Femme à la fenêtre attendant l'arrivée d'une personne
Born in Northeastern France on March 19, 1862, Marcel Rieder was a French painter whose use of light is captivating and warm. Rieder was a sort of modern tenebrist reminiscent of Matthias Stom, Gerard van Honthorst, Joseph Wright of Derby and Georges de La Tour. His style seems to be somewhat Hopperesque. What makes Rieder unique is that all of his figures are women, predominantly, and his type of genre painting has a mysterious quality in that the figures are pensive, lost in their own world. This type of psychology is an interesting element that draws us toward his subjects and makes us reflect on our own thoughts.
In the above painting a woman stands by the window with a soft light coming through the window, waiting for someone. The composition is not terribly inventive (although the use of perspective draws us in), and the surrounding elements seem rather dull, but it is the way Rieder painted this woman that is captivating. One hand opens the drapes while the other rests on the chair to suggest the arrival of her significant other. The expression on her face is real. And the way the curtains mimic the fabric of her dress is brilliant. Reider uses a verdant view through the window that is soothing to the eye and counterbalances the warmth of the interior. I like how Reider combines the palette of both interior and exterior for the mottled fabric of the chair itself. The crooked frame on the wall behind her has an obscure reference to something but does not unsettle us.
Jeune femme songeuse, assise devant la cheminée, 1932
I absolutely love this painting. Incredible use of light, contrasting both artificial and natural "primal" light. Look at those deep shadows on the wall behind the frames. The mirror above the fireplace dimly suggests a background of more frames. What makes this painting interesting also is Reider's use of texture and color, with the long green sofa and a small bouquet of flowers on the table. Again, her dress also plays a role here, with the front reflecting the warmth of the fire, and the back reflecting the sharp light of the lamp. Once again, Rieder combines this palette into the area rug on the floor this time. The smooth yet hazy neutral tones on the wall beside the crumpled curtains...Rieder makes us feel like we are in the room with her. She is lost in thought and a trace of a smile is on her lips. How Reider was able to take ordinary objects like candle holders on the mantel and imbue them with such character against that dramatic light is a testament to his talent. This is a meditative painting, and its simplicity is pure genius.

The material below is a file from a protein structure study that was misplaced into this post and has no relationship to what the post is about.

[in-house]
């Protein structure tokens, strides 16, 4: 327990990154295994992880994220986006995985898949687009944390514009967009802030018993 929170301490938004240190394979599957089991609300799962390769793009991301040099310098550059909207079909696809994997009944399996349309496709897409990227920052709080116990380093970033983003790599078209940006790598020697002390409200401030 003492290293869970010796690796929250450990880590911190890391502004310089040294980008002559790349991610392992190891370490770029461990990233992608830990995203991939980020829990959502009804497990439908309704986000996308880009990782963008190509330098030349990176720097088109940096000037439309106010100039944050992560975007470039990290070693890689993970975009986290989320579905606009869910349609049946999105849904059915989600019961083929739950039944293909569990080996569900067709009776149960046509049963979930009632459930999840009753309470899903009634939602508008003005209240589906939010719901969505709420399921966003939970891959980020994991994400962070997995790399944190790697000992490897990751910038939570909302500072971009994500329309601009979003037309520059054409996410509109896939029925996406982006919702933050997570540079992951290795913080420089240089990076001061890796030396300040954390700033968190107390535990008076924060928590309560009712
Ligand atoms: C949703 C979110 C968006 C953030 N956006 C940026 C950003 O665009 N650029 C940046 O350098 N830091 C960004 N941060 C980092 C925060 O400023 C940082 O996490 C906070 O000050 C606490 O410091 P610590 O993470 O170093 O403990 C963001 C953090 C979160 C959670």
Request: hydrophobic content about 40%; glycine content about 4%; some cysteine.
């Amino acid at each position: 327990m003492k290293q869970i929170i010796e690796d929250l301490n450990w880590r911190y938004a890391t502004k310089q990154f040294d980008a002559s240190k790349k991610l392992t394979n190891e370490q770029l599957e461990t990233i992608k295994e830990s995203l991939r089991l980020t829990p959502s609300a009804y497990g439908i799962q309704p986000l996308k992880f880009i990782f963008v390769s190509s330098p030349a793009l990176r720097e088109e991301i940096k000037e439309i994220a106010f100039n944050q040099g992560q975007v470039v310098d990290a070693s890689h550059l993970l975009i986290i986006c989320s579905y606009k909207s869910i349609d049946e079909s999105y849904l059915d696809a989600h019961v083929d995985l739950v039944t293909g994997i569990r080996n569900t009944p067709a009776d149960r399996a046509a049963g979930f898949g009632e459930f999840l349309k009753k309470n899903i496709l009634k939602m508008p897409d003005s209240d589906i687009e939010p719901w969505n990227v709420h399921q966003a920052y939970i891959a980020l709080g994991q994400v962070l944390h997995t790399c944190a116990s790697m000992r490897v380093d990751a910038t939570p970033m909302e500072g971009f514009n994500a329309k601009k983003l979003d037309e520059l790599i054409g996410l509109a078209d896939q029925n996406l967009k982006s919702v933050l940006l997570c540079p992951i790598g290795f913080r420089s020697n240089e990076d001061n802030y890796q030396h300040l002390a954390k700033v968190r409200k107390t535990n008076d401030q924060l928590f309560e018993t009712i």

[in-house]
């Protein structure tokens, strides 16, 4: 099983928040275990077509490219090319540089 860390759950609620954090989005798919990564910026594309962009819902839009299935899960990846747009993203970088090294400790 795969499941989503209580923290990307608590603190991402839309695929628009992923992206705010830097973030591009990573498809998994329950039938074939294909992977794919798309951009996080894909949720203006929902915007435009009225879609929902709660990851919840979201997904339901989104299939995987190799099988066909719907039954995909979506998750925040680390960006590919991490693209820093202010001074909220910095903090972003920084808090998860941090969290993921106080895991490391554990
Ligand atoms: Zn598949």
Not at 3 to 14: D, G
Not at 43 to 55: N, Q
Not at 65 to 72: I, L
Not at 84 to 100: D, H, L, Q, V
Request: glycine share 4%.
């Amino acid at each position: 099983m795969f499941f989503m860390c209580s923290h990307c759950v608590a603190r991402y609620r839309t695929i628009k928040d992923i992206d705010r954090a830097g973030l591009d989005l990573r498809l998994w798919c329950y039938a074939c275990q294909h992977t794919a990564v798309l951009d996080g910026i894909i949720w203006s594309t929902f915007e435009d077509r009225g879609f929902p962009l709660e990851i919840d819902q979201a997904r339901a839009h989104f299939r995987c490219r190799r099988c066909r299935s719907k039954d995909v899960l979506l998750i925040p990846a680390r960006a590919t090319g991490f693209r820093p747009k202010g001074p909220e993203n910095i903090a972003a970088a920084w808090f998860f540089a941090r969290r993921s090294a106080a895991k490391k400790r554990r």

The new toy, 1910
Here Reider verges on the sentimental, yet his ingenius complementary color palette and drama is inspiring. The chandelier seems to point like an arrow toward the main three figures, arranged in a triangular level space. Rieder uses three distinct age groups to represent innocence, affection and wistfulness, with the eldest woman, presumably the mother, looking at the child with an expression of yearning for the simplicity of childhood. Those deep shadows on the wall, with those rays of lamplight piercing into that orange wall is absolutely incredible. Rieder learned and grew beyond the tenebrist Caravaggio painters of the past into a modern interior style that is beautiful and intoxicating, without the need for violent drama or stark figures against a black space. Grace and beauty remain and yet it is still dramatic. Rieder clearly was more observant than most, and his palette can be studied endlessly.
Beauté crépusculaire au bord du lac d'Annecy
In one of his letters he wrote: "A picture of a waterfall is well done when you hear the water running." Here Rieder proves he can paint more than just interiors, and the mood he creates here is breathtaking and peaceful all at once. Look at the background palette of greens and purples, and how this contrasts with the deep warmth of the candles on the table and the way those trees frame the top of the composition. Although it is not clear what the two figures here are doing or waiting for, as the table is only set for two people, the mood itself is so serene and beautiful it doesn't really matter.
I can't think of a more astute observer of light in any modern painter than Reider, and although his subjects seem to lack clear intention it is this mystery that compels us to observe his work even more. This is a profoundly inspiring painter who is clearly not mentioned enough in perhaps what appears as sentimental to others, Rieder knew that mindfulness is the key to great painting.